Ad Alert


Different name, same not-so-free "free" trial and illegal health claims.


Screen Shot 2016-07-06 at 4.46.06 PM

This radio ad offers a “free trial” for a supplement called SomaBiotix, which is said to flatten bloated bellies fast. But not so fast. Because called the automated 1-800 number and found that the “free” trial actually costs at least $4.98 for shipping and handling fees that are not revealed in the radio ad, and that how much of the product you are actually getting remains a mystery before the company requests credit card information needed to reserve the order.

And consumers should know that once they give their credit card information, their ability to dispute charges is restricted. The company states in its website’s terms and conditions that it has the “sole discretion” to determine if a customer’s request for a refund is valid. This despite the advertising of a “100% Money Back Guarantee” on the SomaBiotix homepage.

Meanwhile, some consumers have complained about being charged $75 for additional products every month after signing up for the supposed free trial. Both the radio ad and website’s terms and conditions fail to mention anything about recurring charges.

The company is also making some bold treatment claims. For example, its homepage touts a customer testimonial claiming that waste-cleansing SomaBiotix treats acid reflux:

I had acid reflux so bad I almost needed surgery to fix it. I would cough for 3-4 hours straight and started to even coughing up blood. Every other product I tried didn’t work. SomaBiotix was the one product that helped and dramatically reduced my symptoms to the point where they are almost gone.

The radio ad also states that “scientifically formulated” SomaBiotix can combat acid reflux. But such disease-treatment claims are illegal because SomaBiotix is a supplement and not a drug that has been evaluated and approved by the FDA to treat and/or cure specific medical conditions like acid reflux.

A familiar slogan

If the slogan “flatten bloated bellies fast” sounds familiar that’s because it’s the same one currently being used to sell a supplement called NuBiotix, whose not-so-free trial and health claims highlighted in an ad alert last August. But the similarities do not end there. Not only are the supplements’ websites mirror images of each other with the only discernible difference being the name of the product advertised, but the “Supplement Facts” labels on the SomaBiotix and NuBiotix websites contain the exact same ingredients down to the milligram. The same Sandy, Utah address also appears on each website.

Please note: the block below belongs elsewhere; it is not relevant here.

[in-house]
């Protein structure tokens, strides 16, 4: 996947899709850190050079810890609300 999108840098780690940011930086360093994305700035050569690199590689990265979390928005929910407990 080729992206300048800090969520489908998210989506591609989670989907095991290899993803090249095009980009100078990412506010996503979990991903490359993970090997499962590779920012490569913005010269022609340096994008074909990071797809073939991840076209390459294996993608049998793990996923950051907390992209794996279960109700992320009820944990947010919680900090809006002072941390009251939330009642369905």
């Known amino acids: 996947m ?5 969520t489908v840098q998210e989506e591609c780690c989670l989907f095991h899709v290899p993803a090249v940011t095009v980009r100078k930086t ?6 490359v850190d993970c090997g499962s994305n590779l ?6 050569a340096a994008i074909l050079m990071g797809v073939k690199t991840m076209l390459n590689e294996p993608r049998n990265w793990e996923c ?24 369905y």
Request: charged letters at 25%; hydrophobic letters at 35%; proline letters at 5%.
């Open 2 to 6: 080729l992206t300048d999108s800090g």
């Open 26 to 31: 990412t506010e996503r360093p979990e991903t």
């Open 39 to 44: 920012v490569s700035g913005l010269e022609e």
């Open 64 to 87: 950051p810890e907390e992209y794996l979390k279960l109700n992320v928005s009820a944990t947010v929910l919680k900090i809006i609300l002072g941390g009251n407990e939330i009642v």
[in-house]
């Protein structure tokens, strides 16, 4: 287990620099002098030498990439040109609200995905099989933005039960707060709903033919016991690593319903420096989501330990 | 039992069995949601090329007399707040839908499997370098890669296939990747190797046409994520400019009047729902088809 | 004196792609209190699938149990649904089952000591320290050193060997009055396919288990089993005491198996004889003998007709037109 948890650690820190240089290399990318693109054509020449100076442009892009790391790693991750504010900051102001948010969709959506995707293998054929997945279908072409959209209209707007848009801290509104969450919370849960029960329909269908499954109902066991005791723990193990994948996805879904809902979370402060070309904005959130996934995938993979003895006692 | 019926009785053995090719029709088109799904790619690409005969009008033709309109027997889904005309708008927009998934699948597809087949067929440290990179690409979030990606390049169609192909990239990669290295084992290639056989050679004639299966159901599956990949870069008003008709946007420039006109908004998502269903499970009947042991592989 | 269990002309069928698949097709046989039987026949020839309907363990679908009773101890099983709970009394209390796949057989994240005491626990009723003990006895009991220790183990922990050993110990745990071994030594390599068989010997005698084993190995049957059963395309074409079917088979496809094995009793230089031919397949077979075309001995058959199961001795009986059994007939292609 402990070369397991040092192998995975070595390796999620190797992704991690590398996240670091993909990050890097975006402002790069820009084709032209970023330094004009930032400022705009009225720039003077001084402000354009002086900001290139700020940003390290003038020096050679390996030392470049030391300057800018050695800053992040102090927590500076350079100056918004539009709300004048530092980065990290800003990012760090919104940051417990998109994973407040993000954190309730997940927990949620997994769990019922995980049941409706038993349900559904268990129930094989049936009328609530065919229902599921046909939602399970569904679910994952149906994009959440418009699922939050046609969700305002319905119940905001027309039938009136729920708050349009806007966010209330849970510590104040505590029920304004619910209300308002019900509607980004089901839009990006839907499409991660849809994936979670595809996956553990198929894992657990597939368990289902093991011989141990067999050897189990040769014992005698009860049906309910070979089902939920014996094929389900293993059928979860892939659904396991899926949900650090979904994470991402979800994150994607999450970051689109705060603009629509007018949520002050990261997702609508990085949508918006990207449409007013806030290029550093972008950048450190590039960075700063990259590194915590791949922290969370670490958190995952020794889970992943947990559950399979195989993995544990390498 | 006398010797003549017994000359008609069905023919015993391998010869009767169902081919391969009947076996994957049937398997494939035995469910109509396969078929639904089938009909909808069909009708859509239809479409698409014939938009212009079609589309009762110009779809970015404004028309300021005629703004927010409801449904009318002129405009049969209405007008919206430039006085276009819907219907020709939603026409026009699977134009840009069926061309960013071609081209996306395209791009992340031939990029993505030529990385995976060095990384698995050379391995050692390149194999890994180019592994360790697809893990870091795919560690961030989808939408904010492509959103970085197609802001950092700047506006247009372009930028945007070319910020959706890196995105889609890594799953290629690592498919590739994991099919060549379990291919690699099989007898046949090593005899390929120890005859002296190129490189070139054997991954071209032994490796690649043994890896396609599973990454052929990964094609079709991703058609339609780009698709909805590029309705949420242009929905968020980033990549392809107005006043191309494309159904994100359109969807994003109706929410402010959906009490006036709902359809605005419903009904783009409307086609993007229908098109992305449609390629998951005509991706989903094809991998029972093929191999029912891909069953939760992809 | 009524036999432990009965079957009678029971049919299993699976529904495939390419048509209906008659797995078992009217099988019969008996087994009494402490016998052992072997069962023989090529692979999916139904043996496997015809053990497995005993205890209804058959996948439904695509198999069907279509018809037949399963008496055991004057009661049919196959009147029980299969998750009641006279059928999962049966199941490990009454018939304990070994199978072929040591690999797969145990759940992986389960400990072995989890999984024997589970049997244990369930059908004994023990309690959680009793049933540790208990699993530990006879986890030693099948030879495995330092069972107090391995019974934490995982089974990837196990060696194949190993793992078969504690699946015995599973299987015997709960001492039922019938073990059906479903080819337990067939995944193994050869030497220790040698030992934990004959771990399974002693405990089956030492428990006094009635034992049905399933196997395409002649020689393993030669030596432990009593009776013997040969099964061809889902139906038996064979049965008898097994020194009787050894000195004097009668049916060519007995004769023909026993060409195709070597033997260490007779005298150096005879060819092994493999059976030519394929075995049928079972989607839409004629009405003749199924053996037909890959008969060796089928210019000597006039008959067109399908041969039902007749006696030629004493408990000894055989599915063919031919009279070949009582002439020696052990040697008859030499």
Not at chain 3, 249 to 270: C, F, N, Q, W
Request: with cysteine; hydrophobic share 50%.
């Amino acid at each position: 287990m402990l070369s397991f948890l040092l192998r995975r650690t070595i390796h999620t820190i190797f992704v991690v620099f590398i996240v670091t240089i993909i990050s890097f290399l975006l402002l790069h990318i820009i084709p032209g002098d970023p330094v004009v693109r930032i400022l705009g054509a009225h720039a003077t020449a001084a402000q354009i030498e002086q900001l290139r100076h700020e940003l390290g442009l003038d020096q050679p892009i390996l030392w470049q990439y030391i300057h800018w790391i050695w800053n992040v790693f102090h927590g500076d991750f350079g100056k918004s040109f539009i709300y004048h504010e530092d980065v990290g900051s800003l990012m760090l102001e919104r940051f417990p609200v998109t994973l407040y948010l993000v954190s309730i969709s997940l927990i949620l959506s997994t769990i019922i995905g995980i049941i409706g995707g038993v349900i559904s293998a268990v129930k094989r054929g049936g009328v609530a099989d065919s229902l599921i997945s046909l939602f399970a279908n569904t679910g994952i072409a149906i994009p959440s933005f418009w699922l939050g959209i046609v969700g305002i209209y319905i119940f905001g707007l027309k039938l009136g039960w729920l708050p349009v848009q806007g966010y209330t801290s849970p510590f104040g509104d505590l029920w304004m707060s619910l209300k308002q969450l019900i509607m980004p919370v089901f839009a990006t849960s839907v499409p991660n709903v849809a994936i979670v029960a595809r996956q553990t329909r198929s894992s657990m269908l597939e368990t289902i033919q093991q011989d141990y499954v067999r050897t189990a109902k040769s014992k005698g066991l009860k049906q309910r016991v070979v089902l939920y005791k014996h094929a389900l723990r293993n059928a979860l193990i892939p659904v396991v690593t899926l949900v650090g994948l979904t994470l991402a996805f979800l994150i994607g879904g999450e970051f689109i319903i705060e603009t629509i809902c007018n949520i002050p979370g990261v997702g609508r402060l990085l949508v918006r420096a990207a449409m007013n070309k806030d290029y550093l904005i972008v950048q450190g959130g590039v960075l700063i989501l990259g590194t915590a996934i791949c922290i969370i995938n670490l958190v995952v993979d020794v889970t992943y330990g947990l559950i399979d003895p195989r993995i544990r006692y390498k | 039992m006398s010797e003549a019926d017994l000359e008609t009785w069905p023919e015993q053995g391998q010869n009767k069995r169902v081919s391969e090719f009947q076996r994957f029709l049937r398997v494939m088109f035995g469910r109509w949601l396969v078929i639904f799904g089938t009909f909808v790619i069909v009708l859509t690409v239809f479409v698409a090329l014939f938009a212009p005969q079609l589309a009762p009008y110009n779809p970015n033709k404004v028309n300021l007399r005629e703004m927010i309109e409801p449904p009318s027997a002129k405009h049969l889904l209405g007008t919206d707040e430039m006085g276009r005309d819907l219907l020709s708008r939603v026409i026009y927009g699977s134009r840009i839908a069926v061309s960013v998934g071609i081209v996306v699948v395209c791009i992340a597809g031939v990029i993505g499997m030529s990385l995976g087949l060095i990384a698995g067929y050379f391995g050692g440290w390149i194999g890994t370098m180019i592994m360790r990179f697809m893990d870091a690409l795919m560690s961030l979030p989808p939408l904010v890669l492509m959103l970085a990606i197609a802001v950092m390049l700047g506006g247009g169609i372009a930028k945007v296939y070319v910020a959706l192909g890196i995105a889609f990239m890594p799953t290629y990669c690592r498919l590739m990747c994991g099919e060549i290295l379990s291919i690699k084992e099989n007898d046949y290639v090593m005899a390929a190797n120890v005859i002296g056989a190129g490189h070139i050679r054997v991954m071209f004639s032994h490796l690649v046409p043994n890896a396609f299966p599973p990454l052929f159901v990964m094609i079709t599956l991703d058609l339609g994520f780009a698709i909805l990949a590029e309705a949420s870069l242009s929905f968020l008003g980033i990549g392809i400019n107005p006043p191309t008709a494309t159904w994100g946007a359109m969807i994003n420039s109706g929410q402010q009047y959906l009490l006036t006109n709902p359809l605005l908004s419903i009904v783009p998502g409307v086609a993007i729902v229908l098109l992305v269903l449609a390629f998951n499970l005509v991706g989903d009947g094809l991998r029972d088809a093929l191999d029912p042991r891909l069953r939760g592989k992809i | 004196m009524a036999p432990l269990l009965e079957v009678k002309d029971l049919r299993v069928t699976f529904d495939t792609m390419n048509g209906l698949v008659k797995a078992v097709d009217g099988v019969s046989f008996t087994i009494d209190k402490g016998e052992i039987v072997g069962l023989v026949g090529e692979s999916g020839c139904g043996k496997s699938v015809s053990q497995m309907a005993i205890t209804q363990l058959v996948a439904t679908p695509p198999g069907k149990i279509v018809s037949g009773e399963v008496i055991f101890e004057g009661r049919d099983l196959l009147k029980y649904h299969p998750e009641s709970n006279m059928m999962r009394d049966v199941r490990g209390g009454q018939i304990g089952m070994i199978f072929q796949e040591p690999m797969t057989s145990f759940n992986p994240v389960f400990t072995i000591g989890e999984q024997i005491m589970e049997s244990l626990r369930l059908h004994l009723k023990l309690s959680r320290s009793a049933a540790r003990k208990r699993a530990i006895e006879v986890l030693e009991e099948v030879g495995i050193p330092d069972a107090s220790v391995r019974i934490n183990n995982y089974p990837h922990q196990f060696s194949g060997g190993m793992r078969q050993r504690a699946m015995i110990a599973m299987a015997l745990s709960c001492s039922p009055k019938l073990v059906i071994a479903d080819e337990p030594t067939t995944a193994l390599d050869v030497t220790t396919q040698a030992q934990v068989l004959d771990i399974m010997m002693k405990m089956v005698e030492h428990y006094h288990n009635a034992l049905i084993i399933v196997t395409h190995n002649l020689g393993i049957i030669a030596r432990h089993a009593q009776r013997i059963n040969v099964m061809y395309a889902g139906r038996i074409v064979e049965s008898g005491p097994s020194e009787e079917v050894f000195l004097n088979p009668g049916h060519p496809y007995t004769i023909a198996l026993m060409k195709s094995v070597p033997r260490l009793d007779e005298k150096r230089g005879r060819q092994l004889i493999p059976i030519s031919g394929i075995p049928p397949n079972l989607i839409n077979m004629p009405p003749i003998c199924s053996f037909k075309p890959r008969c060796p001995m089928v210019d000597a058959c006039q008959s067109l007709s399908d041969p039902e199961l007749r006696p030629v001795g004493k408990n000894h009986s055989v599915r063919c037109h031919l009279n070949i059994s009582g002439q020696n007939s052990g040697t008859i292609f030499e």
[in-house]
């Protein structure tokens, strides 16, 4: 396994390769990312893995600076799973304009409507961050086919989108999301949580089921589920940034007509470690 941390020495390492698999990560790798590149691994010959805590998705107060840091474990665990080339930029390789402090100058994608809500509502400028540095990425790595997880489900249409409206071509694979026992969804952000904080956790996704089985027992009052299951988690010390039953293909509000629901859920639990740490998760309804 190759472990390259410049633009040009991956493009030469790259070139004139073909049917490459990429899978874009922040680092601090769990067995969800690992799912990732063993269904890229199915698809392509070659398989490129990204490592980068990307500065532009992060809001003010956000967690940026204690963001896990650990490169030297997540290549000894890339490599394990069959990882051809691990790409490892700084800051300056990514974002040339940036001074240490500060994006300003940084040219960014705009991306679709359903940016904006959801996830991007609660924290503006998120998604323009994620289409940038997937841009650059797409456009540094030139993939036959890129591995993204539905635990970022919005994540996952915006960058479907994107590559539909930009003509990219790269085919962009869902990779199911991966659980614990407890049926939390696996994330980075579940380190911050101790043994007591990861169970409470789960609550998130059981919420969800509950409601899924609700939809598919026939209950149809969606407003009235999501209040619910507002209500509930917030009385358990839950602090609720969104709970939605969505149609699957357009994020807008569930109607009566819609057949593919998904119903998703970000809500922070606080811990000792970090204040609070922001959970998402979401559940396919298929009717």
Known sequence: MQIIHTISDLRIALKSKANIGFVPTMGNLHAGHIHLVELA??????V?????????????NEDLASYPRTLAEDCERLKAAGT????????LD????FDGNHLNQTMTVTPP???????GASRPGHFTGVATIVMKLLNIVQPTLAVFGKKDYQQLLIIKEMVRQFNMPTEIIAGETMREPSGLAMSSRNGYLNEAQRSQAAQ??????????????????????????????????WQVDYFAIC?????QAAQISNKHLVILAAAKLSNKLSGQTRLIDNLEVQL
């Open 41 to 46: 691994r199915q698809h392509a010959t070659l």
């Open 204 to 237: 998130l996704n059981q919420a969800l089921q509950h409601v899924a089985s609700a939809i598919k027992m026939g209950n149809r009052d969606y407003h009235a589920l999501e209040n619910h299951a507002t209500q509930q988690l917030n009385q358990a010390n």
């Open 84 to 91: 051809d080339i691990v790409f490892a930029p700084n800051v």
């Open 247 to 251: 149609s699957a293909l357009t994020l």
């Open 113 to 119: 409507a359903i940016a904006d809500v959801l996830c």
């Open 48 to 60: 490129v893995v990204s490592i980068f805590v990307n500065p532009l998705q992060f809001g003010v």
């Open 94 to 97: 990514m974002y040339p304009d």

Screen Shot 2016-07-06 at 3.58.10 PM
The NuBiotix and SomaBiotix bottles also share the same digestive and weight-loss claims.


SomaBiotix also sells a supplement called Prilogen (and wouldn’t you know NuBiotix does too) that the company says “improves cognitive reactions and interactions which can increase mental fitness, energy and alertness.” In addition, the Prilogen bottle (which also carries the “NuBiotix” name) claims the pill can “boost memory function.” Yet the SomaBiotix website concedes that “no clinical studies have been performed on Prilogen.” The FTC requires appropriate scientific evidence to back up marketing claims. Brain supplements have come under increased scrutiny for such claims of late, including from, which last September filed an FTC complaint against Prevagen.

SomaBiotix and Nubiotix aren’t the only products with similar marketing incarnations. See our related post here regarding others. Find more of’s coverage on supplements here.

This ad alert was updated 12/8/16.

Our Ad Alerts are not just about false and deceptive marketing issues, but may also be about ads that, although not necessarily deceptive, should be viewed with caution. Ad Alerts can also be about single issues and may not include a comprehensive list of all marketing issues relating to the brand discussed.

You Might Be Interested In

UNBS CBD Gummies

Ad Alert

UNBS CBD Gummies

Spam email leads to a fake endorsement from Dr. Oz, among other celebrities.